One sweet day, Lou…Rest in Peace.

I’m picturing you in heaven amongst all the gods of art,

at a cafe, smoking a cigarette and drinking un express,

talking shit and discussing secrets all day,

pitying and loving

all of us poor beautiful cursed suckers still left below.

Lou Reed American Masters doc

Live from the Bottom Line NYC, 1977

New York, Full Album


Masterpiece. Plain and Simple.

“All through this, I’ve always thought that if you thought of all of it as a book then you have the Great American Novel, every record as a chapter.  They’re all in chronological order.  You take the whole thing, stack it and listen to it in order, there’s my Great American Novel.”  ~ Lou Reed

Robert Reich interviewed by Bill Moyers about his new film “Inequality for All”

As usual, Reich’s analysis of our situation is sound, but because he is a liberal, he is loathe to question the core tenets of capitalism.  The logic of capital is to concentrate wealth and power.  It makes everything a “resource” to be exploited, from the natural world to human beings (also part of the natural world, but that is another -related- discussion).  Capitalism works to commodify the entire world, i.e., put a price on everything and bring it into a market.  You can see this happening to education now with horrific effects.  It also demands ceaseless accumulation.   An example of that logic is embodied in the creation of corporate business cycles where each one has to be more profitable than the next, forever – by any means necessary.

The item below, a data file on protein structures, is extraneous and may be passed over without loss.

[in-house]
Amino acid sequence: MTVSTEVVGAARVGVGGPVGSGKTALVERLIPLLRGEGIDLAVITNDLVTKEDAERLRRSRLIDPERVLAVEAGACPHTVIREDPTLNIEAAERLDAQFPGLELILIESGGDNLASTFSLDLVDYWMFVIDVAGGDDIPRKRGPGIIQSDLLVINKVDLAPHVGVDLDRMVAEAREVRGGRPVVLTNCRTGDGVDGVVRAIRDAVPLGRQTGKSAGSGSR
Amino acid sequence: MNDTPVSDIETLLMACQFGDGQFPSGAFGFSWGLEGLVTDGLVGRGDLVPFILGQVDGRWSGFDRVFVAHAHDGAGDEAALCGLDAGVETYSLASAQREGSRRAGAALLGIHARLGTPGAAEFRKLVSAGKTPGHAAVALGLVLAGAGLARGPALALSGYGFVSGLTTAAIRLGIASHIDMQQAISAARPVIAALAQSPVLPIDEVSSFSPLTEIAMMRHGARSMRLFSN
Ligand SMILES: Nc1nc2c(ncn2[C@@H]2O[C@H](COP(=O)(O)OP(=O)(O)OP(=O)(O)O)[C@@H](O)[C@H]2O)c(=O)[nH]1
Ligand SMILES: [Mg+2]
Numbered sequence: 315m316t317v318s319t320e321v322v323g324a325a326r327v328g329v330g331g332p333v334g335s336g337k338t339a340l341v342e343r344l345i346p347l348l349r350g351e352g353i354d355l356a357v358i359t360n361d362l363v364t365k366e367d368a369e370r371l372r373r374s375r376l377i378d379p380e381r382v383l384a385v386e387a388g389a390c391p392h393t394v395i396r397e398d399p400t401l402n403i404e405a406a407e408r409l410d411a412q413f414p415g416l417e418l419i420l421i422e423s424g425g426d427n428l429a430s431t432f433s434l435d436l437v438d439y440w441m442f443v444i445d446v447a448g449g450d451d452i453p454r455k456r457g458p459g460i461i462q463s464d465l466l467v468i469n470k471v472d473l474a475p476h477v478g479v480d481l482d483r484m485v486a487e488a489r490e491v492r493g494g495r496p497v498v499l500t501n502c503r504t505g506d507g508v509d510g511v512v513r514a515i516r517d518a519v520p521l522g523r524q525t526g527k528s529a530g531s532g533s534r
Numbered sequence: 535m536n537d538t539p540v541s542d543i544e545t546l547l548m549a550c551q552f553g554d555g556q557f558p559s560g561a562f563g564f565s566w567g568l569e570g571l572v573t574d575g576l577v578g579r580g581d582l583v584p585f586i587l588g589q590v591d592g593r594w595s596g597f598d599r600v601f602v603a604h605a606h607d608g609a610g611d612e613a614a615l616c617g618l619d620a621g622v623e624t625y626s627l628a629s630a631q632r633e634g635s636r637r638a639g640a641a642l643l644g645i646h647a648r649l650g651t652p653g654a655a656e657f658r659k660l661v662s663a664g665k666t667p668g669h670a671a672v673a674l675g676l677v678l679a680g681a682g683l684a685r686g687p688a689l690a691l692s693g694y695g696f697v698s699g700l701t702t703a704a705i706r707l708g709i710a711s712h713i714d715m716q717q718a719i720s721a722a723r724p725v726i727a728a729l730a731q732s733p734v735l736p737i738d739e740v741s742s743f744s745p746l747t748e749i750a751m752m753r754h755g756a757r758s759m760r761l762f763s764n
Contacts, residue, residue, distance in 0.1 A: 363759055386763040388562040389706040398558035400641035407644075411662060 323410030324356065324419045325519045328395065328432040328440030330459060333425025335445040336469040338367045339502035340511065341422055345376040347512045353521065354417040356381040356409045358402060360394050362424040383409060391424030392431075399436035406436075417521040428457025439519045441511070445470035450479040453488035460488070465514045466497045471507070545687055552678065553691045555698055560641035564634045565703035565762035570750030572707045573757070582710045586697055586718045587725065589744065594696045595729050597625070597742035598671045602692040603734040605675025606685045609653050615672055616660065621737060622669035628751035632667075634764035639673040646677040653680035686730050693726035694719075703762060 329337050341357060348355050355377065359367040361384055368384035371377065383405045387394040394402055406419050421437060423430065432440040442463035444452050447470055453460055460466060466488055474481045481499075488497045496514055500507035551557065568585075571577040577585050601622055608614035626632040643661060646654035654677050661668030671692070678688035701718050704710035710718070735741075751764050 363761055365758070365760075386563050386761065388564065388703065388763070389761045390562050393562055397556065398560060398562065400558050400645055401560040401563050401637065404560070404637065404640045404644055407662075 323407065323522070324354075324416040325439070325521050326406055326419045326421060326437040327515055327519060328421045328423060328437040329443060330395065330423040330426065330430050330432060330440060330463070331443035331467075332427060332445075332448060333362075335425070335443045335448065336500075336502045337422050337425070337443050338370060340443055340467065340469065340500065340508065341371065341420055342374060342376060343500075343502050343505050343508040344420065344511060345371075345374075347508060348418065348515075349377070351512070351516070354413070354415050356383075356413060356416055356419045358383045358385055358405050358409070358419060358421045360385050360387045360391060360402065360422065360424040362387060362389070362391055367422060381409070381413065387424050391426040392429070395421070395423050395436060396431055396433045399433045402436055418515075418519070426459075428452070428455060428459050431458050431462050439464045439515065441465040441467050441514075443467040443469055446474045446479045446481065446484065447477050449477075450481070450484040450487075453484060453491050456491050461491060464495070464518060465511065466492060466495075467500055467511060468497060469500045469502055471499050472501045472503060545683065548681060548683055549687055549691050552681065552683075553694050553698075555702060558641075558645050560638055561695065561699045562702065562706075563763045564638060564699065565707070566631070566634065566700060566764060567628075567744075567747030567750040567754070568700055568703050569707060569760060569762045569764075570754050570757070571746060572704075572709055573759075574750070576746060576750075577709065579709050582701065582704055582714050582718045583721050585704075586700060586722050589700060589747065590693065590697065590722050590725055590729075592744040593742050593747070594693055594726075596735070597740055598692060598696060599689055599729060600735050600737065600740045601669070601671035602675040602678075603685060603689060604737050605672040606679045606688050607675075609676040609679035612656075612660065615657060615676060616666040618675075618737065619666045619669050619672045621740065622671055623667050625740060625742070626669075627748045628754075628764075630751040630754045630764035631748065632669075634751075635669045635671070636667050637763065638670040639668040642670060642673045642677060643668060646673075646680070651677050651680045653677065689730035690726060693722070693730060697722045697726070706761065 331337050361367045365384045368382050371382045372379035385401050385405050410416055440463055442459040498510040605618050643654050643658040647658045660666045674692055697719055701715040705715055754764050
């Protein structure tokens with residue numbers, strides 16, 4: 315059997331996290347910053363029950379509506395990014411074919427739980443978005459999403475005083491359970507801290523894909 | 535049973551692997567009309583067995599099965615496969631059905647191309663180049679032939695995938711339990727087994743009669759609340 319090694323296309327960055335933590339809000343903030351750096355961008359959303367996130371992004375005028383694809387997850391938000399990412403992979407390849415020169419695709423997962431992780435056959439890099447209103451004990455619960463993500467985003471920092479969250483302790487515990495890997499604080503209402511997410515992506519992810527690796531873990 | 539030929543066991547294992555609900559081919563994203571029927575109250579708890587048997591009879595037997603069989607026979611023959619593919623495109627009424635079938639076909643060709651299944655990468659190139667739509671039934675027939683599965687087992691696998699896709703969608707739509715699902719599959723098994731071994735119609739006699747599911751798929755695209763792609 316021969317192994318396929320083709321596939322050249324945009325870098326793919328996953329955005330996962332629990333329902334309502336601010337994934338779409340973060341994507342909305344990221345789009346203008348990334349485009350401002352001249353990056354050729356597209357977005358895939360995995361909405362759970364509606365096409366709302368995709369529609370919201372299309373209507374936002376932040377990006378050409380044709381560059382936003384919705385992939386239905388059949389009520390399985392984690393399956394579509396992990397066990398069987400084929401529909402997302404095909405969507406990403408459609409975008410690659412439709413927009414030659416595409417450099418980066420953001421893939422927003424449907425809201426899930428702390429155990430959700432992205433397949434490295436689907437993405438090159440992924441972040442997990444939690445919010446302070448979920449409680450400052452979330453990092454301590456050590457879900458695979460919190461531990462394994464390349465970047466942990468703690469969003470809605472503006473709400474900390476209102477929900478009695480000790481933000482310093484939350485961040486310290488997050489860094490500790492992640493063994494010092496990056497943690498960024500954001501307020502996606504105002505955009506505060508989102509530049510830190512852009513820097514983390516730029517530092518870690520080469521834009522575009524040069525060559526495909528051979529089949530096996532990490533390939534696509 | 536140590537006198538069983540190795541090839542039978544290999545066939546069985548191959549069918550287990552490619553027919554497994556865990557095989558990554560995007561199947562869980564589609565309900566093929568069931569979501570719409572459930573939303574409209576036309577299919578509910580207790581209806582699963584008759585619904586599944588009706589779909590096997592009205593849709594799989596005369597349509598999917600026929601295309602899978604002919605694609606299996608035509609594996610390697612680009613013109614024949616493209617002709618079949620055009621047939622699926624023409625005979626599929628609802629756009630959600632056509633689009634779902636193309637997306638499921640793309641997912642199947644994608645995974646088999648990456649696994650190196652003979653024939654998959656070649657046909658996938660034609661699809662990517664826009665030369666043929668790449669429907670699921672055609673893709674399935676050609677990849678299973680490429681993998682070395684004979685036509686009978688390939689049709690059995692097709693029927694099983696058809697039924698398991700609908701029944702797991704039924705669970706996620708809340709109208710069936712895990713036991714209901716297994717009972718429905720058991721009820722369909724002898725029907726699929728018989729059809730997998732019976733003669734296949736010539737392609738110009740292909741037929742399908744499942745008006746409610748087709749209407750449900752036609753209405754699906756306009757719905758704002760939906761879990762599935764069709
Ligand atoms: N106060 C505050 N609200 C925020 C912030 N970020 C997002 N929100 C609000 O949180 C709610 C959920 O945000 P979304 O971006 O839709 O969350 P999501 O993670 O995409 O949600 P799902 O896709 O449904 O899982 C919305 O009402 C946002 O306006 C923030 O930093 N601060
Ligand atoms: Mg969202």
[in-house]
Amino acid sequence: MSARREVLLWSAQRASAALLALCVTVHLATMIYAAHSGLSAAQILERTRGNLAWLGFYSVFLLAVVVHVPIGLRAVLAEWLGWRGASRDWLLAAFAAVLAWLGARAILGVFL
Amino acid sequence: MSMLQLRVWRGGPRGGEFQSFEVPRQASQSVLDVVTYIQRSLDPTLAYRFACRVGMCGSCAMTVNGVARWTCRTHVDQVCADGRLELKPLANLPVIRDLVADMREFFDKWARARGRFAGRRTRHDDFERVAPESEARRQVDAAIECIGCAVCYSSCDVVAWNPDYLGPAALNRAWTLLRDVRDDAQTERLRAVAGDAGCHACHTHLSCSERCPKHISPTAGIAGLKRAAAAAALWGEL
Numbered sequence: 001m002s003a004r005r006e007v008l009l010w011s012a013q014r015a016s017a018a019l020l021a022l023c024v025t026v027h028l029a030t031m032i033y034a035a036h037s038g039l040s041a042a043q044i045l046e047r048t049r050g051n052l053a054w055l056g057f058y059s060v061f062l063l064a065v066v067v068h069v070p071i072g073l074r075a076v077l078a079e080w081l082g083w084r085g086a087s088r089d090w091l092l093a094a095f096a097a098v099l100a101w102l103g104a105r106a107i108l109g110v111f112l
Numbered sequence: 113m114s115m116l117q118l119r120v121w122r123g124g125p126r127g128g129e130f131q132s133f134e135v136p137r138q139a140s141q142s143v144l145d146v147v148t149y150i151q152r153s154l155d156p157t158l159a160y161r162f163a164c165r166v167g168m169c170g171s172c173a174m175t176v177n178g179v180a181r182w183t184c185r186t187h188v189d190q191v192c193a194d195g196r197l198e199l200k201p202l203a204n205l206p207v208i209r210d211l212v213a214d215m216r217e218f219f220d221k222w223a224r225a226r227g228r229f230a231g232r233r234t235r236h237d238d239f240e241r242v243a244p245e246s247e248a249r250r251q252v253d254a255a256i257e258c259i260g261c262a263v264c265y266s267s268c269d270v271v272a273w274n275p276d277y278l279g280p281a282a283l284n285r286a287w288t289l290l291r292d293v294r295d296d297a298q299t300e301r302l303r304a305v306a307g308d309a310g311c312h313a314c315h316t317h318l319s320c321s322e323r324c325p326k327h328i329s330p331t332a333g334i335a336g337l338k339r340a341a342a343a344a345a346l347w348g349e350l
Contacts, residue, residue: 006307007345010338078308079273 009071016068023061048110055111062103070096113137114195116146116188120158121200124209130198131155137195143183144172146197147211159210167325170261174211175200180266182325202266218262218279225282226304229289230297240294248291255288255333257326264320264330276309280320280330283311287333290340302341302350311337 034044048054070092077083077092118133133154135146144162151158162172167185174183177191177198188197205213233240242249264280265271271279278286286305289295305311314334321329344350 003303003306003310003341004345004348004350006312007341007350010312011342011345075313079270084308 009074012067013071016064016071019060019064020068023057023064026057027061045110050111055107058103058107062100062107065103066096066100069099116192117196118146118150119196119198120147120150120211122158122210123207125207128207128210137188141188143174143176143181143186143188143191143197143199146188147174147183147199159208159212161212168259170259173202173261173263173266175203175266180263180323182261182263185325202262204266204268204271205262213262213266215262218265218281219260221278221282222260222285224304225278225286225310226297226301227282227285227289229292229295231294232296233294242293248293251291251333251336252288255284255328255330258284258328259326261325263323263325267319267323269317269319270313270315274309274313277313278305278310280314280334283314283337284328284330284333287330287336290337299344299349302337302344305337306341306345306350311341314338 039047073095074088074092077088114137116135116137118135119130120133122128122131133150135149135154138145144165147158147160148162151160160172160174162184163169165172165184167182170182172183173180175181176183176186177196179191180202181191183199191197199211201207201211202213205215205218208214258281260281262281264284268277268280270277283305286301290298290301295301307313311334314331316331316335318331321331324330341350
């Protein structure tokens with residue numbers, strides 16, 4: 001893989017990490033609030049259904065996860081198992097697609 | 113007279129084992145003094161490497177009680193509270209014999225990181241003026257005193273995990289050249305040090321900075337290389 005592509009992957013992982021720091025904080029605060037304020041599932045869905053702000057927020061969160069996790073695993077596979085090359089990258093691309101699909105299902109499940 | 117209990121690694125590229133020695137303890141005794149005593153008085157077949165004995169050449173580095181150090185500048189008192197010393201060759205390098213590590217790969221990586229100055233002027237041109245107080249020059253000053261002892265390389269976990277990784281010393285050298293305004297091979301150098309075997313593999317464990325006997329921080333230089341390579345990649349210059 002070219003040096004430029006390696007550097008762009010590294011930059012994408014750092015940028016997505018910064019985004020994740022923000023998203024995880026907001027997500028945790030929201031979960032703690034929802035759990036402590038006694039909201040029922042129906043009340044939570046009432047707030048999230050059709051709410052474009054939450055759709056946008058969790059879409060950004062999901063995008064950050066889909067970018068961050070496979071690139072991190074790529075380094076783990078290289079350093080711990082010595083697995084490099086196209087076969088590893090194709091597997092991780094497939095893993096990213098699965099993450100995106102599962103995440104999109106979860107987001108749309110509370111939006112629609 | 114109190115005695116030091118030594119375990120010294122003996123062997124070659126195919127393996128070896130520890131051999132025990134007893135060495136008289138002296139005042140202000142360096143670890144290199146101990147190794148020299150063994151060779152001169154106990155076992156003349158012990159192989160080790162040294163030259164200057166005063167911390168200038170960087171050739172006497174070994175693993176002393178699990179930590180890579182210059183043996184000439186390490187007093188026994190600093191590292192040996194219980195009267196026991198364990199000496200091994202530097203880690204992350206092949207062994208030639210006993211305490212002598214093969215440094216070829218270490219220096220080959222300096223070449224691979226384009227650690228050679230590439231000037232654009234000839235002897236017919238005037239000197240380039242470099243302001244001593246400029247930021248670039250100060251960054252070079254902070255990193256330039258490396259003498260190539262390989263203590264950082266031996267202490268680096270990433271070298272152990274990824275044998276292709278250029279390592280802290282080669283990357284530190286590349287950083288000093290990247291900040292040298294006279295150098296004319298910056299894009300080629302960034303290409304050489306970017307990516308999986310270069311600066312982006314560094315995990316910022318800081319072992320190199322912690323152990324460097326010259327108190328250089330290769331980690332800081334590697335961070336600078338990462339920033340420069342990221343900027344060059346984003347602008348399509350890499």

The idea that we can’t have total equality because everyone would sit around and feed at the trough of the state is joke.  What do you do when you are relaxed and have time to yourself?  What happens when you get together with other people with a common goal? What would happen if you had the opportunity to create something and pursue your interests?  That we need fear or greed to motivate us is another sick myth perpetuated by capitalists because they don’t want us to have agency, control of our own lives. They don’t want us to realize we have the power to create a system without them – and they definitely don’t want us to be angry at them, much better to blame ourselves.  We have been so propagandized, we have internalized our corporate master’s attitudes.  Yes, you’re working two jobs and can’t make ends meet. Well, blame yourself.  This is bullshit.  One of the good things this film does is show how wrong that propaganda is, but Reich constantly falls down when he continues to put his faith in capitalism.  Of course, I don’t expect him to do anything else.  He is a liberal and the modern american liberal is afraid of radical change. He is an advocate of tweaking the system we have to make it more equal.  Unfortunately – and we can look back over more than 100 years to show this conclusively – the system we have is capitalism and for the reasons stated above, its logic is faulty and it progressively makes things worse.  The roller-coaster of change under capitalism can make it seem like some things are better, but the highs and lows get lower as time goes on and it is fueled literally and figuratively by exploitation.  It constantly works toward inequality and concentration of wealth and power through exploitation.  I won’t even begin a discussion of the psychological devastation it has caused because that would make this comment book-length.